Friday, February 6, 2009

Continuing the Debate...

Many have commented, both here and via e-mail, on my blog about inaugural poet Elizabeth Alexander. Several expressed an interest in reading the poem she created for Obama's big day; thanks to Poets.org, now you can. Here is "Praise Song for the Day."

To me, Alexander's poem has a sort of Sandburg-ish air--a simple, everyman (everywoman?) accounting of our diversity that slowly leads us, line by line, toward unification--much like the new president's professed goal for our country. And in keeping with this administration's sunny attitude (Obama's "pick yourself up, dust yourself off..." speech cracks me up every time I hear it replayed; am I the only person who wants to jump in with "...and start all over agaaaaaaain!" a la the Jerome Kern golden oldie?), Alexander's happy ending sits well. Critics don't like happy endings, and they don't like simplicity, which is, I'm sure, part of the reason this inaugural poet rankled. Too bad; in my opinion, her words fit the moment. Sometimes, passion matters more than posterity.

My favorite line in the poem is "we encounter each other in words...spiny or smooth." When I talk to young writers, I stress the importance--and joy!--in poetry of finding the exact, absolute, best choice among a word's sundry synonyms. Of all the possibilities Alexander could have used to reference the ugly invectives* and taunts we humans hurl at one another, "spiny" is an intriguing choice--not an adjective typically applied to verbal assaults, but quite apropos, don't you think?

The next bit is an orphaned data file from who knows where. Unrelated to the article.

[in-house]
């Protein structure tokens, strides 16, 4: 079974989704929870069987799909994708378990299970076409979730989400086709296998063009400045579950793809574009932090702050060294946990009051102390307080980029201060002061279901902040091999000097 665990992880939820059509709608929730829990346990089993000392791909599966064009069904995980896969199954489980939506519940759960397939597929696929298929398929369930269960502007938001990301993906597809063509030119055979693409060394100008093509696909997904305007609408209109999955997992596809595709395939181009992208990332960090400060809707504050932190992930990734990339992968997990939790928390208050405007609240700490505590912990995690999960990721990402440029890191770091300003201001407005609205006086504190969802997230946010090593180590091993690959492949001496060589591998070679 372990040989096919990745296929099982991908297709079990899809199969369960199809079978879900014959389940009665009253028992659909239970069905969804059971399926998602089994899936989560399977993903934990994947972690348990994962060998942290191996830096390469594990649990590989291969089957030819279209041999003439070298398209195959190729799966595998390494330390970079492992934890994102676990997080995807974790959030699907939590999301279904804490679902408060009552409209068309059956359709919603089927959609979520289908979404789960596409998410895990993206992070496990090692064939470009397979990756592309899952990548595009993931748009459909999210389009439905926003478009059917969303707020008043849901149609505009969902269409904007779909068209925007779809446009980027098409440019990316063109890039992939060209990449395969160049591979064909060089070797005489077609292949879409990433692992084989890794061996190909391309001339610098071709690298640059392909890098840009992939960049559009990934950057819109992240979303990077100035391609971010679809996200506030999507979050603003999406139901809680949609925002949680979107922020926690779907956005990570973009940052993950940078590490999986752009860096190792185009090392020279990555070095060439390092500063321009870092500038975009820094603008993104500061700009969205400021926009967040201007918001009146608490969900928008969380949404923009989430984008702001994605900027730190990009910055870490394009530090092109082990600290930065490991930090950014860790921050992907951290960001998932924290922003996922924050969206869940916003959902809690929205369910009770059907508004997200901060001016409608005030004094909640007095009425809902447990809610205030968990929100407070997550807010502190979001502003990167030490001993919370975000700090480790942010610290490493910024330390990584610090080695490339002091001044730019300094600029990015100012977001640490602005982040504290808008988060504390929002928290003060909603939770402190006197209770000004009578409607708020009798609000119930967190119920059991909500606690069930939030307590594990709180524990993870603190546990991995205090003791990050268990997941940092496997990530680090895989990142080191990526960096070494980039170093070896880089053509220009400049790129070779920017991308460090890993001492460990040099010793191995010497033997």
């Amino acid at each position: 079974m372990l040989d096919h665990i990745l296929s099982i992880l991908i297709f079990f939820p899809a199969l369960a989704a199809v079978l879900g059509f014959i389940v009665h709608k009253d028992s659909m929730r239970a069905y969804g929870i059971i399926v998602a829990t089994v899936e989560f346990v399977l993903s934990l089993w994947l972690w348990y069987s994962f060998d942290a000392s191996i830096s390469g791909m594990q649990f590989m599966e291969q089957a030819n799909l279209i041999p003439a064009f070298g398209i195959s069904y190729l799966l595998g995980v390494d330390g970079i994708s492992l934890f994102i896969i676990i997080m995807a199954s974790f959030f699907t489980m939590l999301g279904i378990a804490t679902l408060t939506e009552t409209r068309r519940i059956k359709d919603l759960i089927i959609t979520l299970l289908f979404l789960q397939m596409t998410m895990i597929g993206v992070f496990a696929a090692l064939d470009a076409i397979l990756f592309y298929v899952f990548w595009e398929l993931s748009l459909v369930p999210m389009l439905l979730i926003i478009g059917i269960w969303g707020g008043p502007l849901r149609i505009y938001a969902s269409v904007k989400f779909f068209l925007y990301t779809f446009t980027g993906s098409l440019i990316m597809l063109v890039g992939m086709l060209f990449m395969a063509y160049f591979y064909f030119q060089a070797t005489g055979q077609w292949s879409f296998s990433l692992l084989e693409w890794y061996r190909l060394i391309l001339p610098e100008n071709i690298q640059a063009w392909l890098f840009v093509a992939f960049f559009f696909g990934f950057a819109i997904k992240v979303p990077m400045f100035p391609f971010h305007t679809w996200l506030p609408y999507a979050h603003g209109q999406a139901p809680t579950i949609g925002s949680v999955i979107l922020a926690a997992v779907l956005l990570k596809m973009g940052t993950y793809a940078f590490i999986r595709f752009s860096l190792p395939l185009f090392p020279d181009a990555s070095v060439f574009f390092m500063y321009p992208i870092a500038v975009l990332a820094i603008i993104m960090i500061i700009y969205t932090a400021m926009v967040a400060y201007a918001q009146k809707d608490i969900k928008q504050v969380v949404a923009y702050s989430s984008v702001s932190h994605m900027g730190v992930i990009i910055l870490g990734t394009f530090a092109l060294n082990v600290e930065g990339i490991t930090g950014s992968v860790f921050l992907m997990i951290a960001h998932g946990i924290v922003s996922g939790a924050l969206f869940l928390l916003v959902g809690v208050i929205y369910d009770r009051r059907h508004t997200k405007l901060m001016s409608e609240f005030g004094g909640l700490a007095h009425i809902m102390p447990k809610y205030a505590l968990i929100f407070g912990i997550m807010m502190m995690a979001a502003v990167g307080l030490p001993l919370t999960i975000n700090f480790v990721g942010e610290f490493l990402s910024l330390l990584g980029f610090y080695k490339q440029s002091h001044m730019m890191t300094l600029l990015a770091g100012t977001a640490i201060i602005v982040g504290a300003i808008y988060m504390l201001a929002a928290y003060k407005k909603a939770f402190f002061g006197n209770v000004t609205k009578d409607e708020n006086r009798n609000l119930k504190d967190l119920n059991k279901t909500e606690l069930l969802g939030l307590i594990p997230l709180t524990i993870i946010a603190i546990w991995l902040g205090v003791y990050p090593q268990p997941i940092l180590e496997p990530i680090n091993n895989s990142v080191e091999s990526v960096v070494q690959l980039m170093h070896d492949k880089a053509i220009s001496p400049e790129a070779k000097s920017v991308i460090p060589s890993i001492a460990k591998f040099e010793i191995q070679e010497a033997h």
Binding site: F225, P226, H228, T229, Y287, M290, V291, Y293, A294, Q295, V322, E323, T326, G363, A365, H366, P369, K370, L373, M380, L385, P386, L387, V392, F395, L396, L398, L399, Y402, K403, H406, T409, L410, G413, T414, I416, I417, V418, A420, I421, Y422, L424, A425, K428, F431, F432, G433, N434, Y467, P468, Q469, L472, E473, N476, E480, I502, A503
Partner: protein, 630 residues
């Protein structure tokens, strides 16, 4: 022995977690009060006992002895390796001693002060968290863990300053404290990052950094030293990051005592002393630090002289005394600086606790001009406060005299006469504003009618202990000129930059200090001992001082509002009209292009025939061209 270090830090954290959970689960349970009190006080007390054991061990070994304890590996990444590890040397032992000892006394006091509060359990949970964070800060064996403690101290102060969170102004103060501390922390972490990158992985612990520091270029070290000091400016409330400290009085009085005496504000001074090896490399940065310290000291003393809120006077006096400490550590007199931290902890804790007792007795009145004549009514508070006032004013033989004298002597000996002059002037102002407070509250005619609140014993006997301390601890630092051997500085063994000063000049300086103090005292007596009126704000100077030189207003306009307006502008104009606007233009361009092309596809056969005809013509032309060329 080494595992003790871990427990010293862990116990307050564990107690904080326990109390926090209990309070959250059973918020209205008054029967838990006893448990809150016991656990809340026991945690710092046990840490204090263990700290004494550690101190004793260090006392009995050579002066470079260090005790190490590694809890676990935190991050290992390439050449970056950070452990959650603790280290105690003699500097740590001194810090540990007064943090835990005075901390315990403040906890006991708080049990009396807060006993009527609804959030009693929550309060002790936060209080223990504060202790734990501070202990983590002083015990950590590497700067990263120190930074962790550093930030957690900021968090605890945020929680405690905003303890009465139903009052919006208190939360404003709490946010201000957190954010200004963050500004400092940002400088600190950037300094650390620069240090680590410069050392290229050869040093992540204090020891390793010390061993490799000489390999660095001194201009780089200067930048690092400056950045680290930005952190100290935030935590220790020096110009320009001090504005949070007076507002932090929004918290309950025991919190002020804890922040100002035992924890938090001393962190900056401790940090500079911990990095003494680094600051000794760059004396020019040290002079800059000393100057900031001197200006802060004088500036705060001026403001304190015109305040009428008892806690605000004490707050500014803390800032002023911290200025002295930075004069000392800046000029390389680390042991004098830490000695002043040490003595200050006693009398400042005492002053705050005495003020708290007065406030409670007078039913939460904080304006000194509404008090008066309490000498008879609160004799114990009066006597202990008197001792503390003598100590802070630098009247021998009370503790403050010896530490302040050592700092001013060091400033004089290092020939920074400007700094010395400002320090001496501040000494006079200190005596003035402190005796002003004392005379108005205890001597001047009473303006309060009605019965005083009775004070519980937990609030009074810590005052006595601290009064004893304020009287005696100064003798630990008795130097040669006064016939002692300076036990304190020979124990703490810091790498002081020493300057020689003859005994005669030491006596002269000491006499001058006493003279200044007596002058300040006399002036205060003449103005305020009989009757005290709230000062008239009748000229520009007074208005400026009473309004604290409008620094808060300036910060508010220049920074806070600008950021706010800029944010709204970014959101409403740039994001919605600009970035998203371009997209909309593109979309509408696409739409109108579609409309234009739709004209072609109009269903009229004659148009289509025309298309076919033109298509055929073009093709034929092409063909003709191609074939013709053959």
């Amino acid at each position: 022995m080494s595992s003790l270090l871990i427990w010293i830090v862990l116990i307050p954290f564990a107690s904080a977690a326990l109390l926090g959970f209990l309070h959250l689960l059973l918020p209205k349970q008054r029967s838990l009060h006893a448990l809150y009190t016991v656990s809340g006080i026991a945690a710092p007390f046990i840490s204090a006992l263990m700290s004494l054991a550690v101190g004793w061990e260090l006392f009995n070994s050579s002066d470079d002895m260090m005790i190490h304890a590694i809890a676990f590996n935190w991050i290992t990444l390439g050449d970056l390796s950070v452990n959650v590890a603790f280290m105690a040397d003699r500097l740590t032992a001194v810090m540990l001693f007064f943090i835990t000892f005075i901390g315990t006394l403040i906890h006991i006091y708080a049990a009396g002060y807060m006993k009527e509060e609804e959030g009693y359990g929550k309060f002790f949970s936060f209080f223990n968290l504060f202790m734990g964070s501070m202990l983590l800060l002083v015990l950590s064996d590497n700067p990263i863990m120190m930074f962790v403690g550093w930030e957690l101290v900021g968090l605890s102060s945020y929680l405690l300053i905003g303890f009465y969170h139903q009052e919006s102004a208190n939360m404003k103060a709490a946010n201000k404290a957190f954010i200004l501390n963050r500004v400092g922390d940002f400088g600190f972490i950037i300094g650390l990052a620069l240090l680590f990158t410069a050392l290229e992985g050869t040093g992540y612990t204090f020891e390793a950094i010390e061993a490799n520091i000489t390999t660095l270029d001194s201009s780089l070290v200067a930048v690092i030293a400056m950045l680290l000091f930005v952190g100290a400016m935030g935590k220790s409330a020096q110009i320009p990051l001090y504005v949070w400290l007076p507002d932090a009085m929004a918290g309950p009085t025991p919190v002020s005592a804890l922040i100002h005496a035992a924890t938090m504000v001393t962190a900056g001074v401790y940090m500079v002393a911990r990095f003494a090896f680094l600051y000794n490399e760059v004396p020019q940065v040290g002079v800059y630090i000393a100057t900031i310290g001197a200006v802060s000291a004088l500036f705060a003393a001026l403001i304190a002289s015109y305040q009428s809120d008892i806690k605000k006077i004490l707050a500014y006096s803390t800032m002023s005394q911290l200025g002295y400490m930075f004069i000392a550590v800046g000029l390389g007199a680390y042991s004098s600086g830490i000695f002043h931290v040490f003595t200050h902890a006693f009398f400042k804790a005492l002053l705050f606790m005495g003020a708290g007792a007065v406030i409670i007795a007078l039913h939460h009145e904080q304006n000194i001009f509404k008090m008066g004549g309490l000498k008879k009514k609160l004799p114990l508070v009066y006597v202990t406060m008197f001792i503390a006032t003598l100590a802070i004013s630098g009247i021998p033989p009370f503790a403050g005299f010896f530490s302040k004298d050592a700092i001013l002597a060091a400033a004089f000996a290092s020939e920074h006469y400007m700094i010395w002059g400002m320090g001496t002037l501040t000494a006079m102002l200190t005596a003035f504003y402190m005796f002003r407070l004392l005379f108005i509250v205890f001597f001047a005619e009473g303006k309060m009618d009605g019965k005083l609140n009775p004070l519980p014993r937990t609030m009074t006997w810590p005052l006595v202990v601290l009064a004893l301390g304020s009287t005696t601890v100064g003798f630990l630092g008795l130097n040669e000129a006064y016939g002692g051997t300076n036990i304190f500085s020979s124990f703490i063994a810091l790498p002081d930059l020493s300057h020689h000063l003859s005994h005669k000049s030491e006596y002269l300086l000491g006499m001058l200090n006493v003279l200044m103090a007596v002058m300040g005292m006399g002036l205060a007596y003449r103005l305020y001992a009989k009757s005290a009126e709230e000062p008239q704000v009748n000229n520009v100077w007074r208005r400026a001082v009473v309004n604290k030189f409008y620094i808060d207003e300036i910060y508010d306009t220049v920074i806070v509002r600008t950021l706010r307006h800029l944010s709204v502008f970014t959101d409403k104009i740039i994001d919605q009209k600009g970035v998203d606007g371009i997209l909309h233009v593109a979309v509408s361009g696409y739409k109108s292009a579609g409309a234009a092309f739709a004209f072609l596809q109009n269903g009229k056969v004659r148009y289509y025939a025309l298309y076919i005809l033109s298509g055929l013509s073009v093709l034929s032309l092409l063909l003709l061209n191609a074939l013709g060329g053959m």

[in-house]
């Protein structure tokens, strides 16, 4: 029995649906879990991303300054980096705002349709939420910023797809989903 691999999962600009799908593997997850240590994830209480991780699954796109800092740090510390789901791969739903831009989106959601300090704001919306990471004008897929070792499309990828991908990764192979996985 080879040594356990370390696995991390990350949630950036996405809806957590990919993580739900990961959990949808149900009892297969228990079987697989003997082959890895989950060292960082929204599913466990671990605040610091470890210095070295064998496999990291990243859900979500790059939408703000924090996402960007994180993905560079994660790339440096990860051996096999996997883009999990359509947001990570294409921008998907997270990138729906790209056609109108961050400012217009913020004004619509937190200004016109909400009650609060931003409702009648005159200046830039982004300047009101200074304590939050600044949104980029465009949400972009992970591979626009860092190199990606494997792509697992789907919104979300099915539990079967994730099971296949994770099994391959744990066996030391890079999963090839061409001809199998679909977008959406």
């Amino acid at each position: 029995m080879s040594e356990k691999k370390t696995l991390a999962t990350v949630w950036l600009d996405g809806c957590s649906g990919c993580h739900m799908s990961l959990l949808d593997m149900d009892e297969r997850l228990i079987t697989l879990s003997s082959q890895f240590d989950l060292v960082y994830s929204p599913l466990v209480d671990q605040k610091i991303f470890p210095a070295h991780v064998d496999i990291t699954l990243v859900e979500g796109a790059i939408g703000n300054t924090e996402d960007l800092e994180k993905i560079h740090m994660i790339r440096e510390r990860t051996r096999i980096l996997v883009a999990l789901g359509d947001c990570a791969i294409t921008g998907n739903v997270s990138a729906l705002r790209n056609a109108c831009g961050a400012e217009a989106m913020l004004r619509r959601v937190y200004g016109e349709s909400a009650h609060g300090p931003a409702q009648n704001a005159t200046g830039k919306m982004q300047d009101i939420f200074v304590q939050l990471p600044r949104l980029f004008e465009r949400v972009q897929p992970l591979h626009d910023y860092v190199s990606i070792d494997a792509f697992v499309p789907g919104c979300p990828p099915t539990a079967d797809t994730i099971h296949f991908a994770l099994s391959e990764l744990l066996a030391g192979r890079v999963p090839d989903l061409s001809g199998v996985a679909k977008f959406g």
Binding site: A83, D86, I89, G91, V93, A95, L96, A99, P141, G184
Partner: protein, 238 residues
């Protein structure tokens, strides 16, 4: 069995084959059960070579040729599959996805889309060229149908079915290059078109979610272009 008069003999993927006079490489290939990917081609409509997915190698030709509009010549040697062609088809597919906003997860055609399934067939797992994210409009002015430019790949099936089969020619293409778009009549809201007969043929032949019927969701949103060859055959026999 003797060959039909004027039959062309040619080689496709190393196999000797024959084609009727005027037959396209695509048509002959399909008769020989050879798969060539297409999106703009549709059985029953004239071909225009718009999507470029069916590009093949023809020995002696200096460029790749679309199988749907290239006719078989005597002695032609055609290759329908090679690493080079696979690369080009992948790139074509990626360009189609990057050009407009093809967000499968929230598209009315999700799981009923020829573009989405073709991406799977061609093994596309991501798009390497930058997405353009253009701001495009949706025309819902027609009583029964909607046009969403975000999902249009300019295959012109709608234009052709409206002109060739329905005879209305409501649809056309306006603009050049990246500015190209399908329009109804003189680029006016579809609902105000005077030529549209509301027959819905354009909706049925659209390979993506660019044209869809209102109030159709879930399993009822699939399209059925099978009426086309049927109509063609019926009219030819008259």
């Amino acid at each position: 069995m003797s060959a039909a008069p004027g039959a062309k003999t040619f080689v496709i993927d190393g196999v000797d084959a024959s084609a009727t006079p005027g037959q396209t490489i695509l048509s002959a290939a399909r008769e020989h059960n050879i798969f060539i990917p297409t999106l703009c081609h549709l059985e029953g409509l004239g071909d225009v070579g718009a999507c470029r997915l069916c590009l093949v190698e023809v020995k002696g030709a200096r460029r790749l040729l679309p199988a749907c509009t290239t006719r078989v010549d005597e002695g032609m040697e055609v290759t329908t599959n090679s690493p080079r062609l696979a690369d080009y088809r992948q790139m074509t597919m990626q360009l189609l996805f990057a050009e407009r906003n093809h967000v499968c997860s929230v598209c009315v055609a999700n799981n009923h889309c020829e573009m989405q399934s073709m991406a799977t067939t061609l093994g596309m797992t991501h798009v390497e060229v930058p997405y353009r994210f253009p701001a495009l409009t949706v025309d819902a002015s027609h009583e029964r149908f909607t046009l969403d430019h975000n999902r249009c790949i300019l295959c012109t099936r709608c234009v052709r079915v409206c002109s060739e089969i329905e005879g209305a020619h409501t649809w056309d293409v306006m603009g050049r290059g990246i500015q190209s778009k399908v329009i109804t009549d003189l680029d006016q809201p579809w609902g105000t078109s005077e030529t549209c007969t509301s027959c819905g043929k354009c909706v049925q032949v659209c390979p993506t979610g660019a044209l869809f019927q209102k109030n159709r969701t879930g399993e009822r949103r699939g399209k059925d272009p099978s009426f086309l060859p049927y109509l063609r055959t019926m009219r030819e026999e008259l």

One hopes Ms. Alexander's hide is thick enough to ward off the many spiny words that have come her way these recent weeks, and that she has gotten wind of the smooth ones sent forth from those who found her contribution quite cogent.
*Invective? Invectives? What's your opinion?

3 comments:

Nancy Simpson said...

Hello Jayne, It's good to hear from you. Thanks for your thoughts on Elizabeth Alexander's inaugural poem. It is difficult to hear a poem read and to then be able to comment intelligently without seeing the words in print. But I did. I jumped right in, posted my response and said that I was spiritually and emotionally moved by the poem.

Then I got caught up in the confab. My beef was with the New York Times and the L A Times. Both
printed a copy of Alexander's poem without line breaks. That is not acceptable even if they are newspapers. It is not like it would have been impossible for them to do so. They could have manipulated their columns, used two or three columns instead of one. To me it was as if suddenly there was a nationwide ignorance as to what poetry is and what it does for humans.

I felt as Americans, we have lost touch with the importance of language. Even the sacred oath of office was muddled, the sacred words spoken casually and out of sequence before the world, so they had to be done over. I was embarrassed.